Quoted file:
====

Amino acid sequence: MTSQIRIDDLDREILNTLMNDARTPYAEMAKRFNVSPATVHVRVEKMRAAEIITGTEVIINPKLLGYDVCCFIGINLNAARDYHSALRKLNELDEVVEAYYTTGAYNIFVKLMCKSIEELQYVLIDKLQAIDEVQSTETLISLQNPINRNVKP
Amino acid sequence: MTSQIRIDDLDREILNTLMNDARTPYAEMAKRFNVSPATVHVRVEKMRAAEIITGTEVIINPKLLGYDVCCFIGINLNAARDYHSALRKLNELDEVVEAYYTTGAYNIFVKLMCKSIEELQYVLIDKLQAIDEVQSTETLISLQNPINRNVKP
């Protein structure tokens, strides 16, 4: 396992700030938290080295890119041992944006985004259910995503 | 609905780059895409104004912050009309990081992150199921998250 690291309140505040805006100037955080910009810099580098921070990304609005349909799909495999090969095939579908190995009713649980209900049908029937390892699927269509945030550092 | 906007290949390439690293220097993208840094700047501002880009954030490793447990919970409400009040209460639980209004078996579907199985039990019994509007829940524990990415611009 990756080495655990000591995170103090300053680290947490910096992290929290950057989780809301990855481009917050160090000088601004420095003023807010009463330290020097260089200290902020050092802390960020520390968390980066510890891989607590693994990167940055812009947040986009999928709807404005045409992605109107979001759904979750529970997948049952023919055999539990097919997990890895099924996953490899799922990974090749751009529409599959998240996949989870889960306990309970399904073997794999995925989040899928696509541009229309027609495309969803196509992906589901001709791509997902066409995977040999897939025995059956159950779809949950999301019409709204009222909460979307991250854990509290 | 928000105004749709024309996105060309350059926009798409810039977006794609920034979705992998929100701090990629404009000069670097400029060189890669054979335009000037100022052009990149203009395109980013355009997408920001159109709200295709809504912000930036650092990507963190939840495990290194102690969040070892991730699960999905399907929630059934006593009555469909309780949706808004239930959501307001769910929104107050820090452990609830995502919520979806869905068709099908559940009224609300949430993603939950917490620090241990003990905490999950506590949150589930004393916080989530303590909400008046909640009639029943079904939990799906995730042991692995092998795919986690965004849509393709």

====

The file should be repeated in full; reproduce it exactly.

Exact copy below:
Amino acid sequence: MTSQIRIDDLDREILNTLMNDARTPYAEMAKRFNVSPATVHVRVEKMRAAEIITGTEVIINPKLLGYDVCCFIGINLNAARDYHSALRKLNELDEVVEAYYTTGAYNIFVKLMCKSIEELQYVLIDKLQAIDEVQSTETLISLQNPINRNVKP
Amino acid sequence: MTSQIRIDDLDREILNTLMNDARTPYAEMAKRFNVSPATVHVRVEKMRAAEIITGTEVIINPKLLGYDVCCFIGINLNAARDYHSALRKLNELDEVVEAYYTTGAYNIFVKLMCKSIEELQYVLIDKLQAIDEVQSTETLISLQNPINRNVKP
């Protein structure tokens, strides 16, 4: 396992700030938290080295890119041992944006985004259910995503 | 609905780059895409104004912050009309990081992150199921998250 690291309140505040805006100037955080910009810099580098921070990304609005349909799909495999090969095939579908190995009713649980209900049908029937390892699927269509945030550092 | 906007290949390439690293220097993208840094700047501002880009954030490793447990919970409400009040209460639980209004078996579907199985039990019994509007829940524990990415611009 990756080495655990000591995170103090300053680290947490910096992290929290950057989780809301990855481009917050160090000088601004420095003023807010009463330290020097260089200290902020050092802390960020520390968390980066510890891989607590693994990167940055812009947040986009999928709807404005045409992605109107979001759904979750529970997948049952023919055999539990097919997990890895099924996953490899799922990974090749751009529409599959998240996949989870889960306990309970399904073997794999995925989040899928696509541009229309027609495309969803196509992906589901001709791509997902066409995977040999897939025995059956159950779809949950999301019409709204009222909460979307991250854990509290 | 928000105004749709024309996105060309350059926009798409810039977006794609920034979705992998929100701090990629404009000069670097400029060189890669054979335009000037100022052009990149203009395109980013355009997408920001159109709200295709809504912000930036650092990507963190939840495990290194102690969040070892991730699960999905399907929630059934006593009555469909309780949706808004239930959501307001769910929104107050820090452990609830995502919520979806869905068709099908559940009224609300949430993603939950917490620090241990003990905490999950506590949150589930004393916080989530303590909400008046909640009639029943079904939990799906995730042991692995092998795919986690965004849509393709």